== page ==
How to Reverse a Fatty Liver, Say Experts — Eat This Not That

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Fatty liver disease is a common condition that’s caused by excess fat stored in the liver. In many cases, people don’t exhibit signs and it doesn’t lead to bigger health issues. But in some, it can lead to liver failure. If you are diagnosed with fatty liver disease, it’s important to take it seriously and make lifestyle changes. The good news is you can prevent and reverse fatty liver disease with healthy habits since the liver has an incredible way of repairing itself. Eat This, Not That! Health talked to medical experts who explain what you need to know about a fatty liver. 

Read on—and to ensure your health and the health of others, don’t miss these Sure Signs You’ve Already Had COVID.

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Dr. Ira Jacobson, Chief of Hepatology and professor of medicine at NYU Langone Health explains, “NAFLD (nonalcoholic fatty liver disease) affects an estimated 30 percent of adults in America. Caused by the excess buildup of fat in the liver the condition is closely linked to the rising incidence of obesity and type 2 diabetes. Left unchecked, it can be as damaging as liver cancer and liver  failure, as well as cardiovascular disease.” 

Dr. Jagdish Khubchandani, MBBS, Ph.D. Professor of Public Health New Mexico State University adds, “It is a fairly common health issue affecting 20-30 percent of adult Americans. Liver helps digest food, remove toxins, and process fat, but when it is overwhelmed, there is fat accumulation.”

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The Cleveland Clinic states, “In most cases, fatty liver disease doesn’t cause any serious problems or prevent your liver from functioning normally. But for 7% to 30% of people with the condition, fatty liver disease gets worse over time. It progresses through three stages:

  1. Your liver becomes inflamed (swollen), which damages its tissue. This stage is called steatohepatitis.
  2. Scar tissue forms where your liver is damaged. This process is called fibrosis.
  3. Extensive scar tissue replaces healthy tissue. At this point, you have cirrhosis of the liver.”
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Dr. Khubchandani explains, “Given the high prevalence, it is easy to infer that many cases have no symptoms or history of problems (except when obvious with alcohol use). Lab tests, physical exams, and imaging is needed in a large proportion of cases. Some common symptoms are abdominal pain, weakness, swollen abdomen and legs- if at all one has symptoms.”

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Dr. Khubchandani says, “Fatty liver disease can be of multiple types- e.g. alcoholic or non-alcoholic or pregnancy related). Alcohol related fatty liver disease is easy to diagnose due to alcohol use history. Non-alcoholic fatty liver disease may not have definitive causes, but a lot of risk factors. Alcoholic fatty liver may do more harm as people may not easily quit, multiple organ damage may occur with it, and a lot of inflammation occurs in body organs.”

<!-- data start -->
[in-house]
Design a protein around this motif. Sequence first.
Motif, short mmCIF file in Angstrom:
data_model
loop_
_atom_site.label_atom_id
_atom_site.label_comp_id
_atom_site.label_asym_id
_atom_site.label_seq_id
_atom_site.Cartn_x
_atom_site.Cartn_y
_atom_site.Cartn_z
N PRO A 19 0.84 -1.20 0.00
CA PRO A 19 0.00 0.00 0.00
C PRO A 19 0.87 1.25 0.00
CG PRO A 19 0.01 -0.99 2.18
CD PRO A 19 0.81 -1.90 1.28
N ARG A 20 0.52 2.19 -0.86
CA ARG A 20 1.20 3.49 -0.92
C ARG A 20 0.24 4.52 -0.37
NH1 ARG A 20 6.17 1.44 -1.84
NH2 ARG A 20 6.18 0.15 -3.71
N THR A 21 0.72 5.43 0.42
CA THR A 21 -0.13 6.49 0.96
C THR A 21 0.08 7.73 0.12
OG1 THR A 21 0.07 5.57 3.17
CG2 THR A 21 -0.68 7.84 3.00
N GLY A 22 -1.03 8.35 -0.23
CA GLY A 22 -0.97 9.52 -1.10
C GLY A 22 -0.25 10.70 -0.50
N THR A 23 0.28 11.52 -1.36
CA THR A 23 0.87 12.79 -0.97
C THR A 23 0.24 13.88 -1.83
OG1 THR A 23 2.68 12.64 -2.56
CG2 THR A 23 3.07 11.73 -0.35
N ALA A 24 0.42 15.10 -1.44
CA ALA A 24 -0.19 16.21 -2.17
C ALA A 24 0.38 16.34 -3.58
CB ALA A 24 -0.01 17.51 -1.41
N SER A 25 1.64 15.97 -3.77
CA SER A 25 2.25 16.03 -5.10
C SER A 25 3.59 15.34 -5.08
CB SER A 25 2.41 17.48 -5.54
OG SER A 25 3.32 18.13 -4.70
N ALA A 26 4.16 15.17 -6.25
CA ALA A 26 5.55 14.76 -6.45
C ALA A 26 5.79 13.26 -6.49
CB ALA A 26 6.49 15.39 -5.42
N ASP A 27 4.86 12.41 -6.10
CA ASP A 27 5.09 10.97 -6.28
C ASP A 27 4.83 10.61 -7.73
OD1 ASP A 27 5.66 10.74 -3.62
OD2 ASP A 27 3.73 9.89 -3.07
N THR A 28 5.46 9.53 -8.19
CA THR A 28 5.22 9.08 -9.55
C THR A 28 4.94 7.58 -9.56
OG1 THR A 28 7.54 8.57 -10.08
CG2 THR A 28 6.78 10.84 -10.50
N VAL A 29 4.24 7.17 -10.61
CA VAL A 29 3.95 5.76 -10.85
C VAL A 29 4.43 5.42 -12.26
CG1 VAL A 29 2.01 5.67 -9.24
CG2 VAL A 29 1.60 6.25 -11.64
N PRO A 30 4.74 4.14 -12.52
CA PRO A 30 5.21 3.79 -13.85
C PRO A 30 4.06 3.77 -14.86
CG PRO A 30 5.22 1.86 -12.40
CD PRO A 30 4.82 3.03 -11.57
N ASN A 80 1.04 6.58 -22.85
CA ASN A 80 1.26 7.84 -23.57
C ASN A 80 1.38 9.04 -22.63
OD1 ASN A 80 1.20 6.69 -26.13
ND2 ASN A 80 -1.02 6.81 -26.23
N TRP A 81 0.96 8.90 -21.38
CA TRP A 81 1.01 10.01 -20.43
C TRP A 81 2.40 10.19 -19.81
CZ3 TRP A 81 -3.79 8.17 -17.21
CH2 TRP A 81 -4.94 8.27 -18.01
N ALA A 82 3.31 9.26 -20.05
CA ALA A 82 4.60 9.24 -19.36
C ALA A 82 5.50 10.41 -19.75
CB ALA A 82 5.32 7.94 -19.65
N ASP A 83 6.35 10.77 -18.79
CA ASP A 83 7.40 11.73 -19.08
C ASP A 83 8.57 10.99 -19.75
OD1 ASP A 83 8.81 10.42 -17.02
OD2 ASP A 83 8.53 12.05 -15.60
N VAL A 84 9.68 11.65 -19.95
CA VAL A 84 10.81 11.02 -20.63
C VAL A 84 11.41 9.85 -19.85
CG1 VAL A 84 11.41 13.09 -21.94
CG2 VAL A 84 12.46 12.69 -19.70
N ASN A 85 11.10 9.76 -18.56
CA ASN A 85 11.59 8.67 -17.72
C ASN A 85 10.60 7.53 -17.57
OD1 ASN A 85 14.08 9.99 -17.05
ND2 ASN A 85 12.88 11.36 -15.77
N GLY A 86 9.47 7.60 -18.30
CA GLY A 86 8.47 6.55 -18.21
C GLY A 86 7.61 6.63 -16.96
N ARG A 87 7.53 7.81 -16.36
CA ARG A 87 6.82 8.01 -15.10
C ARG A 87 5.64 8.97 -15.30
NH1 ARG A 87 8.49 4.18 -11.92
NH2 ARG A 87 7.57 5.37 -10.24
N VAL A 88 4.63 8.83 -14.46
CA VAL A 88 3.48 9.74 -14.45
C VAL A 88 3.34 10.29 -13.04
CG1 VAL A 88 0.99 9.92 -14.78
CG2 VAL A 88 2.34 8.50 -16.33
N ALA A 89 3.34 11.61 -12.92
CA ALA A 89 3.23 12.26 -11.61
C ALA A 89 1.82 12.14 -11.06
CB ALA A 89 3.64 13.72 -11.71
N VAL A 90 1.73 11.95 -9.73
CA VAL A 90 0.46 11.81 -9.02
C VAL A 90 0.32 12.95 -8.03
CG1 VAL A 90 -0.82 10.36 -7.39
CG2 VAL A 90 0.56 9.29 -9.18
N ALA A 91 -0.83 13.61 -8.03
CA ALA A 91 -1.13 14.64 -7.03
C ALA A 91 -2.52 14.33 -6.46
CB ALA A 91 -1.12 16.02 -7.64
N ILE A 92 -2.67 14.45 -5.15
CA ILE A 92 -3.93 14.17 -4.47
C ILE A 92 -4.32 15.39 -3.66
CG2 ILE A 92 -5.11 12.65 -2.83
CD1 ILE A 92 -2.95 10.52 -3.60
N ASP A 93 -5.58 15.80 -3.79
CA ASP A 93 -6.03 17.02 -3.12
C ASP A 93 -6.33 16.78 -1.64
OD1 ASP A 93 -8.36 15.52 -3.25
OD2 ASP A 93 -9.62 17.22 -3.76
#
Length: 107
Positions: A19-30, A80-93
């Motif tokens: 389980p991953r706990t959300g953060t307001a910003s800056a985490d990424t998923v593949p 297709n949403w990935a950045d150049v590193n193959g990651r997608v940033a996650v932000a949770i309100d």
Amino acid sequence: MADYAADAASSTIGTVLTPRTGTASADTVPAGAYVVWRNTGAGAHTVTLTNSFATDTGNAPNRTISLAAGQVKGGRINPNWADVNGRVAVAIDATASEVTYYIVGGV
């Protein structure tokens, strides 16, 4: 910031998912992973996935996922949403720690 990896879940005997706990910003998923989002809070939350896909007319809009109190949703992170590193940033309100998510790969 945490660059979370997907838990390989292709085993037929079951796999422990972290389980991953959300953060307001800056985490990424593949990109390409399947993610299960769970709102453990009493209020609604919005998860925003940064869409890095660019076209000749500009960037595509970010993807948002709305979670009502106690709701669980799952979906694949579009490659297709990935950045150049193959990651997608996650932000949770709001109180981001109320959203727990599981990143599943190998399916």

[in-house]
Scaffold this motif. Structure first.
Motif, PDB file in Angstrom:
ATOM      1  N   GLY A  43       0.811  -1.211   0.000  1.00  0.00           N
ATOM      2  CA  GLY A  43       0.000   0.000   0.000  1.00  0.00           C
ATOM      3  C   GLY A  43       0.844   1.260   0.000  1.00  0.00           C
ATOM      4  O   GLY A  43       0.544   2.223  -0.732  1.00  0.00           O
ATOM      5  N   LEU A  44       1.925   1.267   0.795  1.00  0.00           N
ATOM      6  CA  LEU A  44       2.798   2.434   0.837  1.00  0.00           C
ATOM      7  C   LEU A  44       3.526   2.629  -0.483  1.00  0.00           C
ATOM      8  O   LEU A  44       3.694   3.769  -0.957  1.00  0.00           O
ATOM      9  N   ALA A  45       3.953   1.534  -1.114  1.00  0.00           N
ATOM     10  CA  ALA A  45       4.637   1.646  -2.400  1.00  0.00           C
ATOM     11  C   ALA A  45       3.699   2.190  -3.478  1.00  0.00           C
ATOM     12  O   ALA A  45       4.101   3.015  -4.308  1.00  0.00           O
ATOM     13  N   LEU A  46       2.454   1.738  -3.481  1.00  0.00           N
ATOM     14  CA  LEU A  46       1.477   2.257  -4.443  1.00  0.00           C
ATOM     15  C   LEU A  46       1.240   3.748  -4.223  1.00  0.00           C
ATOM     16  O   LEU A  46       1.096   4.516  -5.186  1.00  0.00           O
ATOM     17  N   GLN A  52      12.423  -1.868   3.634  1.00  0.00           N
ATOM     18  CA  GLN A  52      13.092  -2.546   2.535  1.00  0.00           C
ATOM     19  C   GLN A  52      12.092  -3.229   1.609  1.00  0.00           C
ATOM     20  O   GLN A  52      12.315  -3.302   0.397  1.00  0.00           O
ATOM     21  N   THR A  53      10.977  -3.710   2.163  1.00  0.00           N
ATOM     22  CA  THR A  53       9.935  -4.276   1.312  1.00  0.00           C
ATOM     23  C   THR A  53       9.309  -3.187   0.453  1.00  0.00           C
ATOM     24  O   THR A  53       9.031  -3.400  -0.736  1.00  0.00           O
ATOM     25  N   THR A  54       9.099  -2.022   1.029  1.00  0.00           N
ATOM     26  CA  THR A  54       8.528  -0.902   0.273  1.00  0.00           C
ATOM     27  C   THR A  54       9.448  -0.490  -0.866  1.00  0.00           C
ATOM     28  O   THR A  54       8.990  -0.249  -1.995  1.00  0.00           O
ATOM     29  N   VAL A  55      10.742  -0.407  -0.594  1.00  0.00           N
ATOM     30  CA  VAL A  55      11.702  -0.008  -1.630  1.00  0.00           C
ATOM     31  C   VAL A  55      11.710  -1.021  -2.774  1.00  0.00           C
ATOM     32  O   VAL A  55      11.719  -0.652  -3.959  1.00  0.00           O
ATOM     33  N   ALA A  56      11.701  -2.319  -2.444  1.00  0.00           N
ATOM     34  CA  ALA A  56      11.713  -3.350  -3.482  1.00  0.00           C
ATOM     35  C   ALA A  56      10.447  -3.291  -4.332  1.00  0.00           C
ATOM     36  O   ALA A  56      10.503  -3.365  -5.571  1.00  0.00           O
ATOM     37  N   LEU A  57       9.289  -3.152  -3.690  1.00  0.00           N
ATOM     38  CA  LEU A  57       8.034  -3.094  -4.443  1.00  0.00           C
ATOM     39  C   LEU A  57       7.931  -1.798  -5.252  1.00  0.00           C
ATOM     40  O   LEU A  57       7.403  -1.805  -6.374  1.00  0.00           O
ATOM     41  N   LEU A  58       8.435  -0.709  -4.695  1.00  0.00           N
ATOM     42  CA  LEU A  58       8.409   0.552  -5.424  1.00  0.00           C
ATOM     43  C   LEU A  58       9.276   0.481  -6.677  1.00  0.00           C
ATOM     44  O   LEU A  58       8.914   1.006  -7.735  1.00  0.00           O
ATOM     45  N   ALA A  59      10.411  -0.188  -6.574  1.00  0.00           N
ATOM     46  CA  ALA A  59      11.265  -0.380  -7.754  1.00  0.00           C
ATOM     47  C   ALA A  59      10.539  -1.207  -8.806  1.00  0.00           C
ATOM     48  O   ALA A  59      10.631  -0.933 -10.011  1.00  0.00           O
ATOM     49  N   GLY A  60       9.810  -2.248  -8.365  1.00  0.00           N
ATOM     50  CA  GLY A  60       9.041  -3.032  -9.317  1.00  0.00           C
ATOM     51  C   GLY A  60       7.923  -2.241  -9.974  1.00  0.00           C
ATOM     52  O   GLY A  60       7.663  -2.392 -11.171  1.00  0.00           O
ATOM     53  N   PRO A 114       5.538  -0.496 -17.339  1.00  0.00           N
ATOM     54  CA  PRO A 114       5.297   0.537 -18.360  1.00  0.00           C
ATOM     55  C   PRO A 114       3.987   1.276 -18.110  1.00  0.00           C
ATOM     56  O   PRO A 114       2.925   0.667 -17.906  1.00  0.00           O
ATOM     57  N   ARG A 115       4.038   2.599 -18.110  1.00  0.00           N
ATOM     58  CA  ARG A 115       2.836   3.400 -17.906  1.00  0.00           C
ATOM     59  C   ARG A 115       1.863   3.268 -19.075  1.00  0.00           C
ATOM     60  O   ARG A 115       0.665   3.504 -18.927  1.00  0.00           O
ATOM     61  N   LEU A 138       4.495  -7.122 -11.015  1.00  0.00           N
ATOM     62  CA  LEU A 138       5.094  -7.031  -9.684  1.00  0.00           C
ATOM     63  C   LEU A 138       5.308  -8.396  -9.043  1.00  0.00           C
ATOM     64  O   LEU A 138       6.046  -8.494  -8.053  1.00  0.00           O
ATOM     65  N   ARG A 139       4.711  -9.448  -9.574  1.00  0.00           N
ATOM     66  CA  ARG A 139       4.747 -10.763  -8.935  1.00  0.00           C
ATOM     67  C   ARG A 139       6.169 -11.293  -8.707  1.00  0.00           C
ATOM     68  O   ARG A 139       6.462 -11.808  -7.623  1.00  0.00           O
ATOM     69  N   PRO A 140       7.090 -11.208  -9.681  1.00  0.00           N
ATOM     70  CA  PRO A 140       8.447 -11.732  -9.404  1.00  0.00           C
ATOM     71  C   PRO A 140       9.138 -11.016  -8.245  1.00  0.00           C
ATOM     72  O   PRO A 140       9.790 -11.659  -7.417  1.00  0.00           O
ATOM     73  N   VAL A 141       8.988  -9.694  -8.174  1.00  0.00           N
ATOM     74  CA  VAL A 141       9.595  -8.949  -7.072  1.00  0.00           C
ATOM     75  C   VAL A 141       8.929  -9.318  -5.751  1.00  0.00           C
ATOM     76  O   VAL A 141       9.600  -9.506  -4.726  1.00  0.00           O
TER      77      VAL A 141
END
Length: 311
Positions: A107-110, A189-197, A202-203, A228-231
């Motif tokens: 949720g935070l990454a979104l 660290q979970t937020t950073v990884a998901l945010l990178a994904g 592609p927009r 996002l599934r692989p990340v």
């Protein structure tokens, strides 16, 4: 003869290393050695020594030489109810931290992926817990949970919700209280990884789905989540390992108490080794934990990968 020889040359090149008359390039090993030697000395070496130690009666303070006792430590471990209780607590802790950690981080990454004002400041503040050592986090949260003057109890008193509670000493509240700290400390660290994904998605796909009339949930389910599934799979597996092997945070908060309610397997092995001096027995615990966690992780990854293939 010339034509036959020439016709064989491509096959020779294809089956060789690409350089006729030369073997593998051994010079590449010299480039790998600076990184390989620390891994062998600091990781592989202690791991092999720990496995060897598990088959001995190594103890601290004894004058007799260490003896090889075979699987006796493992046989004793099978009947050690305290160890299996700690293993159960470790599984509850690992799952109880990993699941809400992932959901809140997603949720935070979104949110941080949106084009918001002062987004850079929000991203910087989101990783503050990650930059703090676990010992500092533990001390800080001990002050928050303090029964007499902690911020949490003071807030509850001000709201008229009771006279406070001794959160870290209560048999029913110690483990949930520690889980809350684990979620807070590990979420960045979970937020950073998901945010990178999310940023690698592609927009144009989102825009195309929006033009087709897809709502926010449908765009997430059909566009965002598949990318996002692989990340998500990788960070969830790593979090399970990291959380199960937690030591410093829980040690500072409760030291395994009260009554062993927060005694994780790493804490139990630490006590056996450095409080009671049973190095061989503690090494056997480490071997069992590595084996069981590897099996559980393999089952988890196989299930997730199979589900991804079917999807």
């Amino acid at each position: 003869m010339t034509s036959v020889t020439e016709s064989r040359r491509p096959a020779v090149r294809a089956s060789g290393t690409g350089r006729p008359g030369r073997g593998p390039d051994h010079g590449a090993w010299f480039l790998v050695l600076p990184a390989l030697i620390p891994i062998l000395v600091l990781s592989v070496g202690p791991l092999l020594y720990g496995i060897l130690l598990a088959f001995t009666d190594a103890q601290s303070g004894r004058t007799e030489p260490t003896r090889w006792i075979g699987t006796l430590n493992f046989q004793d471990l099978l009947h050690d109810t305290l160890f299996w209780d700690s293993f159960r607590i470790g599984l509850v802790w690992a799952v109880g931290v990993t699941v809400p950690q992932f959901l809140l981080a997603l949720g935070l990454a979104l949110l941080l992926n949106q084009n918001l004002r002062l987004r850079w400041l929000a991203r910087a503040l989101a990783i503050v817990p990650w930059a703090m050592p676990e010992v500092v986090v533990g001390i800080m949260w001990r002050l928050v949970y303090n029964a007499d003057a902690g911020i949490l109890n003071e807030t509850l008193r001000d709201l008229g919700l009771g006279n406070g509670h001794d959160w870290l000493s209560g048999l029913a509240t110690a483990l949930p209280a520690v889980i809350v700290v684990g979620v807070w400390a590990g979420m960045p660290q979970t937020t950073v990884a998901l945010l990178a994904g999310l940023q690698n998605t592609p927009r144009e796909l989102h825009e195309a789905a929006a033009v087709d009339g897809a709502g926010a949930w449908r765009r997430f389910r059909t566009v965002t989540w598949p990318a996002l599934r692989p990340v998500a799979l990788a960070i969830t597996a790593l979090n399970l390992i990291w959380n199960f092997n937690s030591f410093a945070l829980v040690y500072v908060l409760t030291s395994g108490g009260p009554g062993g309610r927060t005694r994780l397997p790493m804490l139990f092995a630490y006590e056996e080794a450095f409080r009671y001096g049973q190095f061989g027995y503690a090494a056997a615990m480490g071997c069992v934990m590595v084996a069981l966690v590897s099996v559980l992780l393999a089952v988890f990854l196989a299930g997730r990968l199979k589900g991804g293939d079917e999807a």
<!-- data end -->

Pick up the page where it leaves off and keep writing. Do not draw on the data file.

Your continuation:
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“By simply starting exercise you can reduce the amount of fat in the liver. If you currently don’t exercise, start by taking long walks regularly,” Jacobson states. “If you exercise, increase your intensity and try to work out 4 days a week for about 45 minutes.”

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Dr. Jacobson says, “Obesity presents additional challenges for patients with fatty liver. If you lose as little as three percent you can decrease the degree of fat deposition in the liver, a 5 percent to 7 percent loss can reduce inflammation, and a 10 percent drop can actually start to reverse scarring.”

RELATED: Over 40? Here’s How to Lose Abdominal Fat 

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According to Dr. Jacobson, “Eating a diet high in healthy fats and low in carbohydrates can help reduce the amount of fat in the liver.”

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“The major solutions have to be in the form of lifestyle changes in almost everyone having the problem—weight loss, stop alcohol use, exercise, eat healthy and reduce sugar and processed food, add more vegetables and fiber to food,” Dr. Khubchandani says. “Above all, treat the underlying conditions or risk factors that could be a wide variety (e.g. diabetes, high blood pressure, steroid use, infections like Hepatitis, alternate therapy if related to medications).”

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According to the Cleveland Clinic, “There’s no medication specifically for fatty liver disease. Instead, doctors focus on helping you control factors that contribute to the condition. They also recommend making lifestyle changes that can significantly improve your health. Treatment includes:

  • Avoiding alcohol.
  • Losing weight.
  • Taking medications to control diabetes, cholesterol and triglycerides (fat in the blood).
  • Taking vitamin E and thiazolidinediones (drugs used to treat diabetes such as Actos® and Avandia®) in specific instances.”

And to get through this pandemic at your healthiest, don’t miss these 35 Places You’re Most Likely to Catch COVID.

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